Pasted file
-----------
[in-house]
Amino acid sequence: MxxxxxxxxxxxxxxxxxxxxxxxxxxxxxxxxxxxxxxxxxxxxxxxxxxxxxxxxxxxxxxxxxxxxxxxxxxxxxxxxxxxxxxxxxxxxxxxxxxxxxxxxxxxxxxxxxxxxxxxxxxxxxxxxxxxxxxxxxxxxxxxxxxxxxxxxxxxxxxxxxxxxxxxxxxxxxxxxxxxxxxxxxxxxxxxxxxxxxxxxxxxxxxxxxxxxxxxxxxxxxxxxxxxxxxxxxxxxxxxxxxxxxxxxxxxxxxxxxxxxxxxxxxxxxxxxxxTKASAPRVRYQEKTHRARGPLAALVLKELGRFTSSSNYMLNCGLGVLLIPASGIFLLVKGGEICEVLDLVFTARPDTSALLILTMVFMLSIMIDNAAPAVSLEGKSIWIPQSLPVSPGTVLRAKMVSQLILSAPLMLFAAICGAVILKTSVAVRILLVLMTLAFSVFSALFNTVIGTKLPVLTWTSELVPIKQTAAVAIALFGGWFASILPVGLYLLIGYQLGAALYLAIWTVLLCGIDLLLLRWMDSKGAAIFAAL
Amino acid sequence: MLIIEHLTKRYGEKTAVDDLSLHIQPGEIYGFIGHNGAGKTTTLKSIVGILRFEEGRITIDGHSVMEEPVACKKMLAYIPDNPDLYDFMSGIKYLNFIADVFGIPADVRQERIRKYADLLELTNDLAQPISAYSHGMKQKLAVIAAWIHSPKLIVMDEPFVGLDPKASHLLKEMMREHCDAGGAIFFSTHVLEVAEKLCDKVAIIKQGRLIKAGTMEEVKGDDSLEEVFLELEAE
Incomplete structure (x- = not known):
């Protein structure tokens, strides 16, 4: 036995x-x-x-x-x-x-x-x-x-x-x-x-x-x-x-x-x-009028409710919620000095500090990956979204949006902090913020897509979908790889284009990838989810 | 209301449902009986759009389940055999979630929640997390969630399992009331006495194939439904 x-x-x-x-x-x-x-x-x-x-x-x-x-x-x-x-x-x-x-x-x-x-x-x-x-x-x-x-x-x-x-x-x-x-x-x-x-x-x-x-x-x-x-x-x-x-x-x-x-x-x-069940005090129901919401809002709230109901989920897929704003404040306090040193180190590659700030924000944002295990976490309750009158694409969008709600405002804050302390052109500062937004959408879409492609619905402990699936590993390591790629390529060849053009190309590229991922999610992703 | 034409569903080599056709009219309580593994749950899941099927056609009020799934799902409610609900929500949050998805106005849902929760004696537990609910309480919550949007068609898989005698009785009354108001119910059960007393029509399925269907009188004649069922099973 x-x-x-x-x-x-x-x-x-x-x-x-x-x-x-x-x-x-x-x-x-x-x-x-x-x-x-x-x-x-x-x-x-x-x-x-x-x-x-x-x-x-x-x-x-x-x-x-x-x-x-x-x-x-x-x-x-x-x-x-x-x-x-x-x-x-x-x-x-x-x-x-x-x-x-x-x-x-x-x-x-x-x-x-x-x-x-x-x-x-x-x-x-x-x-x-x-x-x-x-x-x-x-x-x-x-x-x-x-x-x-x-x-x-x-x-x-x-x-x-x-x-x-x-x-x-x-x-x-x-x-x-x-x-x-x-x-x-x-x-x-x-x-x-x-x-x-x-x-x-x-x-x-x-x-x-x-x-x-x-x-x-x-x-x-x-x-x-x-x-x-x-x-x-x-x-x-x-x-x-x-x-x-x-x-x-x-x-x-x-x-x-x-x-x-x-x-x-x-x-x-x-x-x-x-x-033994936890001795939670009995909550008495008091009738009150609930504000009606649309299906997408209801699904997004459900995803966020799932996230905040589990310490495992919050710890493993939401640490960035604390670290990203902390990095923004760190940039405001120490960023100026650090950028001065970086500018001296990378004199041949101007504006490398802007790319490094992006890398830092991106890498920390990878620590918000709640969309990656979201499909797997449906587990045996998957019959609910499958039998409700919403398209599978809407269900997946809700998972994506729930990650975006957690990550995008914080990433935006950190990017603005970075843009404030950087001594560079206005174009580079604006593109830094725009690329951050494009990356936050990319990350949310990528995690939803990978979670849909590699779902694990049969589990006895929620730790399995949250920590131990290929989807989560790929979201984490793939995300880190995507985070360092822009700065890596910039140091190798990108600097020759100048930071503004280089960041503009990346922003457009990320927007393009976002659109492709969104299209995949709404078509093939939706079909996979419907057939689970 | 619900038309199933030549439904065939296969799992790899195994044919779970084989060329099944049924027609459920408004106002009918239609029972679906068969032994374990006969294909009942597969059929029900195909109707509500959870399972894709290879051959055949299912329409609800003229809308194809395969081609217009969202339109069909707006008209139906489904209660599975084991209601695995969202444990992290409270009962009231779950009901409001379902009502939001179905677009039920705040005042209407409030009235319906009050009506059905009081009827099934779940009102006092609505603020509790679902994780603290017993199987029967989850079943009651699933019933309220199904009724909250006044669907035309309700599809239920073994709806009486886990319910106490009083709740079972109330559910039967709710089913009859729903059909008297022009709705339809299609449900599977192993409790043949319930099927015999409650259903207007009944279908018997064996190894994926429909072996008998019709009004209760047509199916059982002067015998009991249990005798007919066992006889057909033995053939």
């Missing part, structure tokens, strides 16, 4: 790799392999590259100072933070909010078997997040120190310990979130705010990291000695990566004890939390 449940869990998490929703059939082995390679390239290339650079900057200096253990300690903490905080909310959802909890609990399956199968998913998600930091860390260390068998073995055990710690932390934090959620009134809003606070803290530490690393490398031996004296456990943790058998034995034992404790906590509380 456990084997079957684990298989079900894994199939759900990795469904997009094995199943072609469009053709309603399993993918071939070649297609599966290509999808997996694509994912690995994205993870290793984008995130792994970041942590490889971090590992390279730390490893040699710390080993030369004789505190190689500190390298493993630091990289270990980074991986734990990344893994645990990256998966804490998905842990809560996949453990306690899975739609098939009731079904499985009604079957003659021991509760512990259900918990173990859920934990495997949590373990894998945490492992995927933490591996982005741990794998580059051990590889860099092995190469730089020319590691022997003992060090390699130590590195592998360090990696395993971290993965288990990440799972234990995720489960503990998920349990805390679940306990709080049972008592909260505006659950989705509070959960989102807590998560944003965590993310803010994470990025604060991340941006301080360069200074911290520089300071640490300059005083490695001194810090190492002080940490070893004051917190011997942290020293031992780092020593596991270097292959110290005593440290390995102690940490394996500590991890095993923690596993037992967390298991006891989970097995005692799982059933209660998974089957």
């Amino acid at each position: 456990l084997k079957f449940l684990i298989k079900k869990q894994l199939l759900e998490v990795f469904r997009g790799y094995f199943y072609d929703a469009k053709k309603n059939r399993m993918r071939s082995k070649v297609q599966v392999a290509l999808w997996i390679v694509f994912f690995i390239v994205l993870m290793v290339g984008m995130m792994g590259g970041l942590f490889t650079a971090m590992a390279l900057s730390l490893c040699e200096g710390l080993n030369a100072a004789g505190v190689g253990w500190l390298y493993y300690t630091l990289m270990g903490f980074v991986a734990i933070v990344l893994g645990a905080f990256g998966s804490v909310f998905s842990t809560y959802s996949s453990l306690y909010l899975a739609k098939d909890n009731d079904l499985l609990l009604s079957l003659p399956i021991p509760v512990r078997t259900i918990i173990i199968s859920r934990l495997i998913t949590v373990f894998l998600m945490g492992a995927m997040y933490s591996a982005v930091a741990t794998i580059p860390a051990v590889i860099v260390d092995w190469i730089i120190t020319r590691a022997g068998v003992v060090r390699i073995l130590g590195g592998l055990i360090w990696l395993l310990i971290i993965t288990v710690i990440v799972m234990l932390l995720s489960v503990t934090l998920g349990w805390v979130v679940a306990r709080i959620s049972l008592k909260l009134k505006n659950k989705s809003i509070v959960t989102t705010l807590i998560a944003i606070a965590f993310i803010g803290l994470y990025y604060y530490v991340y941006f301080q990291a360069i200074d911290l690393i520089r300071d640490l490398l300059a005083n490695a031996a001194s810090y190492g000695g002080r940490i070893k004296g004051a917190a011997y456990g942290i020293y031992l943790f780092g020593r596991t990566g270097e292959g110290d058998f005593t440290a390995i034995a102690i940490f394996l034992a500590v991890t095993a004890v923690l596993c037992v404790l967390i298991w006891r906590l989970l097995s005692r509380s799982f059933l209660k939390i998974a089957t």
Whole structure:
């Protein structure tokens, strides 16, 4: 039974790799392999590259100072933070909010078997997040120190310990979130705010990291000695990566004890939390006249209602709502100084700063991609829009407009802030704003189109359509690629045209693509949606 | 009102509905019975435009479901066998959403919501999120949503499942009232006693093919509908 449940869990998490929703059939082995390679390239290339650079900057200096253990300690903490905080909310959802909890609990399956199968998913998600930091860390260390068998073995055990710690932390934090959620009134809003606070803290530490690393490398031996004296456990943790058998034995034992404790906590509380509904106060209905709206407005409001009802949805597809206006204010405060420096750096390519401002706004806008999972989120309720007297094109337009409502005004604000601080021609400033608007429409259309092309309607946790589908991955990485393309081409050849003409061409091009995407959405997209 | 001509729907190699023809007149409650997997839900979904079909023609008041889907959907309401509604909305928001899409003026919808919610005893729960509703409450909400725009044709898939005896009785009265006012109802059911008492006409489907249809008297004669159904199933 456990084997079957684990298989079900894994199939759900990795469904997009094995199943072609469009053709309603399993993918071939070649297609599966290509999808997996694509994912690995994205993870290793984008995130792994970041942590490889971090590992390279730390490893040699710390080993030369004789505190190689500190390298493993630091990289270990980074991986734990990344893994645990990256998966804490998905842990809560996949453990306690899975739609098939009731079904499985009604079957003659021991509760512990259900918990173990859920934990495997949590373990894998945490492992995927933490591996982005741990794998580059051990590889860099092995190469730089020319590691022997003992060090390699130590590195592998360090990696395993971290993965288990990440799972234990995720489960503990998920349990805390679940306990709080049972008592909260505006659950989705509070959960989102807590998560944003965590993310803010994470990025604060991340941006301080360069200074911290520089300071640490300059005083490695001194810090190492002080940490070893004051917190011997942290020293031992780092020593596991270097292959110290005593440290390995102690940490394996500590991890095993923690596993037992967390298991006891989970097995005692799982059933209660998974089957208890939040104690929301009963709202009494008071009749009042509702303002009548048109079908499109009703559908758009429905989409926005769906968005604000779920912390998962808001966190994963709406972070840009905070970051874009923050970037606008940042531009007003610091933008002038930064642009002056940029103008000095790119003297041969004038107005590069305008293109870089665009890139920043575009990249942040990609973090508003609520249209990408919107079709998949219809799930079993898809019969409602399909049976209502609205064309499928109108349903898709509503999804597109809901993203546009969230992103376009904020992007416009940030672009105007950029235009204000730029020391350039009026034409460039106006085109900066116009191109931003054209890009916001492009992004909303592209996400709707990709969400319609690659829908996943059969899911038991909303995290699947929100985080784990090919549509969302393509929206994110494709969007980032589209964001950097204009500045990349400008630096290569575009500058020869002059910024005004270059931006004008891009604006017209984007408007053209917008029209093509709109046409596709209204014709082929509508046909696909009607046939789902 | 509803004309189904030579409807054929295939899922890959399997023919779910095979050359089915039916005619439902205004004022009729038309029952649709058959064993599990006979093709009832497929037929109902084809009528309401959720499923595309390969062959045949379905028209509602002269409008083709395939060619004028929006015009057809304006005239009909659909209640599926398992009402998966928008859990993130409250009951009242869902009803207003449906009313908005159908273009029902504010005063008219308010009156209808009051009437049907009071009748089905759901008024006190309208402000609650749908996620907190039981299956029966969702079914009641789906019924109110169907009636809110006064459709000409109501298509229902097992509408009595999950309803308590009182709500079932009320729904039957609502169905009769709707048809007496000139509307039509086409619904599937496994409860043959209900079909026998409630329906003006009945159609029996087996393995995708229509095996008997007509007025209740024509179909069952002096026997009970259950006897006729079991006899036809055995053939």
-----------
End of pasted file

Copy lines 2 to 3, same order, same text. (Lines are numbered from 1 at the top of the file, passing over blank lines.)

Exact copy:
Amino acid sequence: MxxxxxxxxxxxxxxxxxxxxxxxxxxxxxxxxxxxxxxxxxxxxxxxxxxxxxxxxxxxxxxxxxxxxxxxxxxxxxxxxxxxxxxxxxxxxxxxxxxxxxxxxxxxxxxxxxxxxxxxxxxxxxxxxxxxxxxxxxxxxxxxxxxxxxxxxxxxxxxxxxxxxxxxxxxxxxxxxxxxxxxxxxxxxxxxxxxxxxxxxxxxxxxxxxxxxxxxxxxxxxxxxxxxxxxxxxxxxxxxxxxxxxxxxxxxxxxxxxxxxxxxxxxxxxxxxxxTKASAPRVRYQEKTHRARGPLAALVLKELGRFTSSSNYMLNCGLGVLLIPASGIFLLVKGGEICEVLDLVFTARPDTSALLILTMVFMLSIMIDNAAPAVSLEGKSIWIPQSLPVSPGTVLRAKMVSQLILSAPLMLFAAICGAVILKTSVAVRILLVLMTLAFSVFSALFNTVIGTKLPVLTWTSELVPIKQTAAVAIALFGGWFASILPVGLYLLIGYQLGAALYLAIWTVLLCGIDLLLLRWMDSKGAAIFAAL
Amino acid sequence: MLIIEHLTKRYGEKTAVDDLSLHIQPGEIYGFIGHNGAGKTTTLKSIVGILRFEEGRITIDGHSVMEEPVACKKMLAYIPDNPDLYDFMSGIKYLNFIADVFGIPADVRQERIRKYADLLELTNDLAQPISAYSHGMKQKLAVIAAWIHSPKLIVMDEPFVGLDPKASHLLKEMMREHCDAGGAIFFSTHVLEVAEKLCDKVAIIKQGRLIKAGTMEEVKGDDSLEEVFLELEAE